Advertisement
Advertisement

BenQ RL2755HM review

Michael Passingham
1 May 2015
BenQ RL2755HM - front view
Our Rating 
Price when reviewed 
210
inc VAT

Targeting console gamers, this monitor fails to deliver the image quality we'd expect at this price

Advertisement

BenQ's RL monitor range is aimed primarily at gamers, with reasonably priced panels that are only slightly more expensive than their non-gaming-branded equivalents. BenQ wants the RL2755HM to tempt console gamers away from their traditional TVs, which are lumbered with relatively lethargic response times.

DESIGN & FEATURES

The 27in RL2755HM is somewhat underwhelming from a technical standpoint, with a mere Full HD resolution and 60Hz refresh rate, although they admittedly match the capabilities of the current console generation. Design is, for the most part, fairly standard stuff too, with textured black plastic on the monitor frame, a glossy material on the back and a few red highlights on the base and rear.

There are a couple of gamer-specific design tweaks too. A flip-out lever on the back left of the monitor can be used as a hangar for headphones, and is big and sturdy enough to hold even the heaviest of gaming headsets. However, there's no indicator on the monitor bezel how high up the screen the lever actually is, so you might be left scrabbling around the find it at the end of a gaming session.

The angled base is covered with a thin swathe of rubber material, which gives your controllers something to grip onto rather than have them taking up desk space. However, there's no height adjustment or rotation, which would have been particularly useful for gamers who sometimes sit back when playing and then hunch forward when they're concentrating.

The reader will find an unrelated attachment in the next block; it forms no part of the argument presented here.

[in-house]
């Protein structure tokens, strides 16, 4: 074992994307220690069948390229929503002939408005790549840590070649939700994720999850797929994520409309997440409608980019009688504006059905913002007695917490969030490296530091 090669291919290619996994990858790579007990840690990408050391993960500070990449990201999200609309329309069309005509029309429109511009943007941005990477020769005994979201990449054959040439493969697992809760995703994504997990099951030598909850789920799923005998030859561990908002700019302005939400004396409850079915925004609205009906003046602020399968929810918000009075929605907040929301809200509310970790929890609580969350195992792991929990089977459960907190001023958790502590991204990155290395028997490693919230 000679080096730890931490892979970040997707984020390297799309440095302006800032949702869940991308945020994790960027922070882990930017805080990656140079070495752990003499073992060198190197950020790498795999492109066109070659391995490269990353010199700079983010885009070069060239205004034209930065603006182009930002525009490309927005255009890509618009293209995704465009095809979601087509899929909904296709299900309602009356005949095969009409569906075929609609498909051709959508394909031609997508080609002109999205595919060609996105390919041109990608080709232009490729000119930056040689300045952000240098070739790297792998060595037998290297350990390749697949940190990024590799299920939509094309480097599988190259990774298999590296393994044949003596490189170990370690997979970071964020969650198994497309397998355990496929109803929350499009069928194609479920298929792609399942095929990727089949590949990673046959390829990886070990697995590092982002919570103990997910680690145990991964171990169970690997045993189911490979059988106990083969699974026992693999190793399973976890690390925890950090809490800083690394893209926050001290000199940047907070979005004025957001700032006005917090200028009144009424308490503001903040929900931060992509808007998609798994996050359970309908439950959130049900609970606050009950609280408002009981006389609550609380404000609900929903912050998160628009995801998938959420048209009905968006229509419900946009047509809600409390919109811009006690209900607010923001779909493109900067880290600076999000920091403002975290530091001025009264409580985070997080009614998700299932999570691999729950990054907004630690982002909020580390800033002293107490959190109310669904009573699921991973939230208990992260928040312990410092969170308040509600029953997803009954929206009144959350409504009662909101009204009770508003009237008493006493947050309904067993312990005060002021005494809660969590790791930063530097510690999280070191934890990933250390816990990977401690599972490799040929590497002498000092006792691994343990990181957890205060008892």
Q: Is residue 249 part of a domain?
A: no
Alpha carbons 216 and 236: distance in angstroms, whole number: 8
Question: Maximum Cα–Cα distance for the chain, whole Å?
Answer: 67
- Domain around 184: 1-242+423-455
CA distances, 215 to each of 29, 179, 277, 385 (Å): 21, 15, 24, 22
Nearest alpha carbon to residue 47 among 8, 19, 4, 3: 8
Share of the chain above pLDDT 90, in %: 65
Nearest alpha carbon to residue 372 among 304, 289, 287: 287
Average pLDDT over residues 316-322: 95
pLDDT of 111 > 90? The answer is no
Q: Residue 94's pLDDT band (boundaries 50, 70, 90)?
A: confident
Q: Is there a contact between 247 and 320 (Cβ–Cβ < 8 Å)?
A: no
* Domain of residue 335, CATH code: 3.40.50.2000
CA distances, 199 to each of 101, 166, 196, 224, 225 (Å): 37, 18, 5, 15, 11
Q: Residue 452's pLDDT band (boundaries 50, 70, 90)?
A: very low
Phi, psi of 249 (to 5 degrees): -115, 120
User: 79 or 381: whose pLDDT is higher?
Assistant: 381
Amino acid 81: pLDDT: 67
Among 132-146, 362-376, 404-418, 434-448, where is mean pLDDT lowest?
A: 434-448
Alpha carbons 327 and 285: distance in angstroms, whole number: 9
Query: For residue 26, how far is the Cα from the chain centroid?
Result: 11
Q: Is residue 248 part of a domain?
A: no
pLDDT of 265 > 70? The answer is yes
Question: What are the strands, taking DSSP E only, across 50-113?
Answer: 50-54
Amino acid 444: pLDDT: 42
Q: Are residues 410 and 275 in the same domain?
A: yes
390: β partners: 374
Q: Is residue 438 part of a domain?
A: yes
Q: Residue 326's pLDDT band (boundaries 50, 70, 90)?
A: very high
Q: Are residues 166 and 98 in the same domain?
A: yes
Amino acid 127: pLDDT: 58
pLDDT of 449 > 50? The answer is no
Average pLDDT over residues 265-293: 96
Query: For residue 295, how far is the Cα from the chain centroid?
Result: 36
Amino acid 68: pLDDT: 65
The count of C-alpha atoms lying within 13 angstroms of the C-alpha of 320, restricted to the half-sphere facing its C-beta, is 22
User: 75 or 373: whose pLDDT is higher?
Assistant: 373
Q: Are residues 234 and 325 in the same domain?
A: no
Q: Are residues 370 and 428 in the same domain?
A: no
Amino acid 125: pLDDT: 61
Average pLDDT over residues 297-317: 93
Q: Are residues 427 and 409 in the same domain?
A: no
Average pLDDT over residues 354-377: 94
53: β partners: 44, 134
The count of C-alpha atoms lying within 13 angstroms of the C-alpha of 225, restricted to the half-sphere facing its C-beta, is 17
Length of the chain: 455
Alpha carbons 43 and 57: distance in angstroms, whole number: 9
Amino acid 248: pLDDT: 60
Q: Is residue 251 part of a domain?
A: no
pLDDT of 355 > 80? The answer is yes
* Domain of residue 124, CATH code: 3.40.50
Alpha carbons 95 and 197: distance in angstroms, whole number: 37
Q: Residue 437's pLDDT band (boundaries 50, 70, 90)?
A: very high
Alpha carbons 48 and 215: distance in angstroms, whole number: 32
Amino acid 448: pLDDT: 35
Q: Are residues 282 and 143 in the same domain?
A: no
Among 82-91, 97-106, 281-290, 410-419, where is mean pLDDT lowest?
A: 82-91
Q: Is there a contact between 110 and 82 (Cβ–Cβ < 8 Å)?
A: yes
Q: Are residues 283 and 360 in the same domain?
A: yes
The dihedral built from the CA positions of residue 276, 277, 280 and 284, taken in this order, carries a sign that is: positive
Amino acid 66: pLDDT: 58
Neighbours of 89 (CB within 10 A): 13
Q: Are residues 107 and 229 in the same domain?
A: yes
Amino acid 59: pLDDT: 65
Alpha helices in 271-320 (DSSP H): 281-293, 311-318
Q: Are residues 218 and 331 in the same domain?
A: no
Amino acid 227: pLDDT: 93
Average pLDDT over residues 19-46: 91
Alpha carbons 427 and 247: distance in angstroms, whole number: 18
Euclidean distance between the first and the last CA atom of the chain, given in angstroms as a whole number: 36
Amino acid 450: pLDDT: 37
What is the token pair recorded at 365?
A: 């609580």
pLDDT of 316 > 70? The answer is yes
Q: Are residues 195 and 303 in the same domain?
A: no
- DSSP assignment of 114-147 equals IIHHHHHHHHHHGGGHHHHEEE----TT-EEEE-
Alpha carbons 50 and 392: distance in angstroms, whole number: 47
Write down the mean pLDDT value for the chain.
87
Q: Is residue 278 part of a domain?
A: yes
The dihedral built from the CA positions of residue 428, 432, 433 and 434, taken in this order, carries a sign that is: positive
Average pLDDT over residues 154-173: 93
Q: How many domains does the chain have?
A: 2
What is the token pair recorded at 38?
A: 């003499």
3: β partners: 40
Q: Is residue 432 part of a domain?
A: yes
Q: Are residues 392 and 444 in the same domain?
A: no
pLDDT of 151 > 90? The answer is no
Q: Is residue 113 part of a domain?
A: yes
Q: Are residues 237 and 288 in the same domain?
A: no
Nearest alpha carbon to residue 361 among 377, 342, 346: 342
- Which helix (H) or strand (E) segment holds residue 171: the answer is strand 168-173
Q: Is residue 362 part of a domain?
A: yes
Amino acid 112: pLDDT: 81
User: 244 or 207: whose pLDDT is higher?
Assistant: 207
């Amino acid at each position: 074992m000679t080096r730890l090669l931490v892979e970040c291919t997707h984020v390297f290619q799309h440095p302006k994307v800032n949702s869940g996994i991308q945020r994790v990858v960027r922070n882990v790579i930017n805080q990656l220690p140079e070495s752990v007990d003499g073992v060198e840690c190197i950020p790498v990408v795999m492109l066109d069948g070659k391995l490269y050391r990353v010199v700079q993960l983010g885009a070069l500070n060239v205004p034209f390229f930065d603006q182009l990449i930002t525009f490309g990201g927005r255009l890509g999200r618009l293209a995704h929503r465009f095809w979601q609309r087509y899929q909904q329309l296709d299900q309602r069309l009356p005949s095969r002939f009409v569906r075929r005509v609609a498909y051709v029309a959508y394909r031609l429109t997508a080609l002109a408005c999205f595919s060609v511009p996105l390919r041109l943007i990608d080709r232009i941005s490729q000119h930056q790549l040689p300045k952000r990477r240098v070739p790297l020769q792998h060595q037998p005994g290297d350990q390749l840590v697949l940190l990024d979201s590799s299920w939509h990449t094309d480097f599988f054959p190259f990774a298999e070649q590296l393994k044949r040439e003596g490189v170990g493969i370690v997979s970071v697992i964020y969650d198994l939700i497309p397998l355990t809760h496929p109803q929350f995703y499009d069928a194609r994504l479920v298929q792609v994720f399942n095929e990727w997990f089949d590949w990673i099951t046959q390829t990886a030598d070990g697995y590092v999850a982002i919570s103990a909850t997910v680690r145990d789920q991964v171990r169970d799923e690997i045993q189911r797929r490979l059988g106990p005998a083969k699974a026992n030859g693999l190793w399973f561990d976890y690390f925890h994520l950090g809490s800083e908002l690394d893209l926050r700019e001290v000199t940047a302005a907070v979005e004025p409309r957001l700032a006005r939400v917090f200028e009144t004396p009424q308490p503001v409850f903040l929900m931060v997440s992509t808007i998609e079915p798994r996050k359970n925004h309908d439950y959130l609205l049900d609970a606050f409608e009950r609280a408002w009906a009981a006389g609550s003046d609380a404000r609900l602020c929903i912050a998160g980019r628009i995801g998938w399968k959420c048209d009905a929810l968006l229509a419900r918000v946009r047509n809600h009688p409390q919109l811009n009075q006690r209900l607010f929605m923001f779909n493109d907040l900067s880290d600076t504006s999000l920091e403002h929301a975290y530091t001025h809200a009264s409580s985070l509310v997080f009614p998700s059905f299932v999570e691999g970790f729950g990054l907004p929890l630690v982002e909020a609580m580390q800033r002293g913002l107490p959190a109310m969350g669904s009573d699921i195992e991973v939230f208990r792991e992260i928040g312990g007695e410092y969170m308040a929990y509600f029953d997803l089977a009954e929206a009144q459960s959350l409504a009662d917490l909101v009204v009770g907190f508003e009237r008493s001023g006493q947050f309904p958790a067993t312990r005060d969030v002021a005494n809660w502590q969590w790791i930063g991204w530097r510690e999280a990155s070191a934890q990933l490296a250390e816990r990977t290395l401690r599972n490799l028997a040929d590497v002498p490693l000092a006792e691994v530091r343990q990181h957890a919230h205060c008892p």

BenQ RL2755HM- rear view

Physical additions don't quite hit the mark, then, but the generous array of inputs is welcome. The RL2755HM has two HDMI ports for hooking up multiple consoles, along with DVI and VGA connectors for a desktop PC or laptop. This should be plenty for most users, although the three (or more) button presses required to switch input sources is a little long-winded. There aren't any USB ports either, which means you'll have to run cables from your consoles to recharge any wireless controllers.

Perhaps the biggest crime of all are the speakers. Yes, there are 3.5mm audio outputs for headphone users, but you won't want to have your ears smothered by your headset all the time and a pair of half-decent speakers would have been very welcome. Instead, you get two 2W tweeters that lack bass. For a device that should be able to replace a TV, this feels like a missed opportunity and means you'll need to spend more money on external speakers.